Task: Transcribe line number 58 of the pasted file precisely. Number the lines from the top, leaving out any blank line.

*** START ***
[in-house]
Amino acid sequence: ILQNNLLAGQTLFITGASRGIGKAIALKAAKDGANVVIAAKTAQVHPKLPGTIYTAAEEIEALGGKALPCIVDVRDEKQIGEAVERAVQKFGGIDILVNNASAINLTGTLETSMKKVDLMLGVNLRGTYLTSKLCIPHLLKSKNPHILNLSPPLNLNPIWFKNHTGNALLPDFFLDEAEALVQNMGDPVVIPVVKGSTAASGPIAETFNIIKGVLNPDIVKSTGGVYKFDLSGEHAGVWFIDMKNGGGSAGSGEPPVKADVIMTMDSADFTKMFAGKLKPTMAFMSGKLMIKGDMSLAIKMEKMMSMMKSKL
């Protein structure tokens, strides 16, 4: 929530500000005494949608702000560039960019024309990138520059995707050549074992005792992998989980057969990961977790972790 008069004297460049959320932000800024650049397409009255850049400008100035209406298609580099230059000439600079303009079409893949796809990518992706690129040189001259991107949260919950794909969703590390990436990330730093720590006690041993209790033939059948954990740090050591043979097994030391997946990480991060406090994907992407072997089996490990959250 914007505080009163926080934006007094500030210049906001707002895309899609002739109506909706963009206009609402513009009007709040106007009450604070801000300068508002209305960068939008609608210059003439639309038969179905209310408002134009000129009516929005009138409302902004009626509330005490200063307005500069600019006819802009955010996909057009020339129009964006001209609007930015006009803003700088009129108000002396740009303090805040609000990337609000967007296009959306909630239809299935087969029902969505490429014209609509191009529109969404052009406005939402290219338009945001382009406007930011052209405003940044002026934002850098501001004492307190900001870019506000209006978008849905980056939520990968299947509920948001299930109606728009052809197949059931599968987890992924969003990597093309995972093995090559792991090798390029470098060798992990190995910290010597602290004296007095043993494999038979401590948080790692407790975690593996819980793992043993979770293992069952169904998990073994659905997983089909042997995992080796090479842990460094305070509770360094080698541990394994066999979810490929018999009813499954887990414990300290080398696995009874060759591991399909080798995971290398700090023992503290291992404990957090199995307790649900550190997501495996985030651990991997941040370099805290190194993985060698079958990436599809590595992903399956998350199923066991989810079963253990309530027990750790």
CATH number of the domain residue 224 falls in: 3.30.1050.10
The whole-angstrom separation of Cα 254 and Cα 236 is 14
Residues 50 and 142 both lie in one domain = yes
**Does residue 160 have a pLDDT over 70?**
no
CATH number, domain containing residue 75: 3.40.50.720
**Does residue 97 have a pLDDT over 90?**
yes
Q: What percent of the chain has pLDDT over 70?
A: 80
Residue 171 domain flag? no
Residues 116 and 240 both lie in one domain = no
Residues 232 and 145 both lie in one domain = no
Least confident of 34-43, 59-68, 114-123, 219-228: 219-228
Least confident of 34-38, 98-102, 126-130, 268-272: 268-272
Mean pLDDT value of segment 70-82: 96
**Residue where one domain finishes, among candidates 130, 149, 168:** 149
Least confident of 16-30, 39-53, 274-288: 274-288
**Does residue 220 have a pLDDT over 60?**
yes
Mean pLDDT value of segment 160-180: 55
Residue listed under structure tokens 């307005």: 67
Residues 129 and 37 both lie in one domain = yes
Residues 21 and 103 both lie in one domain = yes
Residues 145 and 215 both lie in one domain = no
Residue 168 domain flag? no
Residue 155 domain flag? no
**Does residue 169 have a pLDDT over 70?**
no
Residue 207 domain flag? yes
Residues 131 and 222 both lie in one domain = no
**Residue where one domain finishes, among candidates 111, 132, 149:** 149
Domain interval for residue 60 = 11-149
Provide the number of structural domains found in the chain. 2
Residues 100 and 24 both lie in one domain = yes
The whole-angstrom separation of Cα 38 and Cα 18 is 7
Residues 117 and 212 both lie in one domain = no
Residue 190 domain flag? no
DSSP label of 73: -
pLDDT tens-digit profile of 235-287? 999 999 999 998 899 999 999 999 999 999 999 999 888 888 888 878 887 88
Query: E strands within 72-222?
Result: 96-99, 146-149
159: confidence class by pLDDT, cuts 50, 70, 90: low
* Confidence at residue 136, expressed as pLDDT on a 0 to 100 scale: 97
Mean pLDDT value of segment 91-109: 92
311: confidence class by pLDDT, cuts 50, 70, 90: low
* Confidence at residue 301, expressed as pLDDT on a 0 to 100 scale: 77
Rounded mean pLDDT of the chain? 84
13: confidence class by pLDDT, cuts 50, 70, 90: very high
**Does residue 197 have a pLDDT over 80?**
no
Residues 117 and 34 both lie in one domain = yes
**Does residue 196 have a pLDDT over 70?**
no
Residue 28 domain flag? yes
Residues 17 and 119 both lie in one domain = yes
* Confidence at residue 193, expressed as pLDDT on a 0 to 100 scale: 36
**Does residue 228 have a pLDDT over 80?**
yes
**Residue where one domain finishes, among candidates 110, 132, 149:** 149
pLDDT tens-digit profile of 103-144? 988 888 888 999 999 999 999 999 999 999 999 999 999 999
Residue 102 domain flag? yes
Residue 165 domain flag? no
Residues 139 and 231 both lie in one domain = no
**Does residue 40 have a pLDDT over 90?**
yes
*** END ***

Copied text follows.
Residue 28 domain flag? yes